Imagine this scenario. You’re with a gathering of friends, or possibly co-workers. One person brings up a story about someone from a rival group, someone who evokes in you that sense of “us versus them.” The story being told, of course, portrays the other person in the worst light possible, to the general laughter of the group. Others pile on with stories and exaggerations of their own.
At some point, you become dimly aware of a nagging thought: “Wow, maybe this is going a little too far.” What do you do? Do you stuff the thought down, go along with the game, and smile and laugh with the group? Do you make some excuse and walk away? Do you say something?
This is what I’m trying to keep in mind as I read the story Matthew tells after Pilate hands Jesus over to his soldiers:
Then the governor’s soldiers took Jesus into the Praetorium and gathered the whole company of soldiers around him. They stripped him and put a scarlet robe on him, and then twisted together a crown of thorns and set it on his head. They put a staff in his right hand. Then they knelt in front of him and mocked him. “Hail, king of the Jews!” they said. They spit on him, and took the staff and struck him on the head again and again. After they had mocked him, they took off the robe and put his own clothes on him. Then they led him away to crucify him. (Matt 27:27-31, NIV)
The soldiers gang up to make vicious and brutal sport of the prisoner: not exactly what we would think of as professional behavior. But as N. T. Wright suggests, we might consider the situation. These men were likely far from home, in the outskirts of the empire, dealing with unpredictable terrorist threats from a people for whom they had no love. Then one of those people is tossed into their mix, a man reputed to be their king, but seeming to be nothing more than another failed upstart.
How would they treat him? We should probably be surprised if they didn’t abuse him.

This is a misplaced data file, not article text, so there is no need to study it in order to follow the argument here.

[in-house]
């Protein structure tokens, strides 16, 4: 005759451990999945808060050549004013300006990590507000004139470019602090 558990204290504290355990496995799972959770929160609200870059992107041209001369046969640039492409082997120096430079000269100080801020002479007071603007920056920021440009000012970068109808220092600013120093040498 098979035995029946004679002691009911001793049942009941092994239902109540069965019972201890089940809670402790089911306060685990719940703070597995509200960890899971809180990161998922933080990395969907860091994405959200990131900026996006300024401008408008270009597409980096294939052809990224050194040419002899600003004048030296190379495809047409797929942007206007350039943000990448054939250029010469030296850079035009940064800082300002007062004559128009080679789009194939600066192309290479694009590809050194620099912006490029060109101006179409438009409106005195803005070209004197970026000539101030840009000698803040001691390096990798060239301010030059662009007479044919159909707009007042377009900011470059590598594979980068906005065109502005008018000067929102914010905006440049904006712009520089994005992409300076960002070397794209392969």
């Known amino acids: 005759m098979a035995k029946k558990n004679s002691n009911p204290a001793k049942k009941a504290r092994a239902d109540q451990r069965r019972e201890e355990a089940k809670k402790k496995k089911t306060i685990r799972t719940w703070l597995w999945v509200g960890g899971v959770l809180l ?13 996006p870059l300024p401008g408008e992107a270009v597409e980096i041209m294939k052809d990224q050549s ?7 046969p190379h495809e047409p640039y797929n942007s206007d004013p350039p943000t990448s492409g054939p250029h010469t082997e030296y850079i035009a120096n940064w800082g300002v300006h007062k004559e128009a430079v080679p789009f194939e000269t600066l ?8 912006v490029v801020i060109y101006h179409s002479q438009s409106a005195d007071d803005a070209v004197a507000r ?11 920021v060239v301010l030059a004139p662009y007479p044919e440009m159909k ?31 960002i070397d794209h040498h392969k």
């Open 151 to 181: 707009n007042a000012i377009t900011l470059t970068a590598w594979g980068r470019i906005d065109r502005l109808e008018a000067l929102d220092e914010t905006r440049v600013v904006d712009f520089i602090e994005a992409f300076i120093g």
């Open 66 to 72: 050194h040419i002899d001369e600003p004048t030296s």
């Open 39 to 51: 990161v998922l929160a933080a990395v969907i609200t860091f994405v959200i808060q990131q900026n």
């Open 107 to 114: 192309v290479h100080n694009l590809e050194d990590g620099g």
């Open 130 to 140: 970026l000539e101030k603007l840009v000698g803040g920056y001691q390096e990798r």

Mark 15:17 says they clothed Jesus in purple, the color of royalty; Matthew says scarlet, which suggests that they used a Roman officer’s cloak as the nearest stand-in for a royal robe. They fashioned a crown from some thorny plant, and put a makeshift scepter in his right hand. Then they bowed down to him in mock obeisance, completely unaware of the irony of the act.
And after the mockery came the physical abuse. They spit on him. They took the scepter from his hand and beat him over the head with it: the verb suggests that they kept doing it, hence the NIV’s translation “again and again.” I imagine this as involving many soldiers, out of control, each taking a turn. Did any of them, at any point, think, “Enough, already”? Who knows. Matthew doesn’t say.
But eventually, play time was over, and they had to get back to business. They took away the mock regalia and put his own clothes back on him, which no doubt were caked with blood after the earlier scourging (vs. 26). And they led him away to be crucified.
Here again we have what seems to be a recurring theme in Matthew: the clash of kingdoms, of the kingdom of heaven and the Roman Empire. We are rightly horrified by what the soldiers did to Jesus. But if we are to follow Jesus’ commandment to seek the kingdom first (Matt 6:33), then we must recognize that the soldiers are not some different breed of human being, capable of a kind of monstrous behavior totally unlike our own more minor faults. A difference of degree? Perhaps. But not necessarily of kind.
Maybe we should remember that, the next time we’re tempted to make sport of someone else.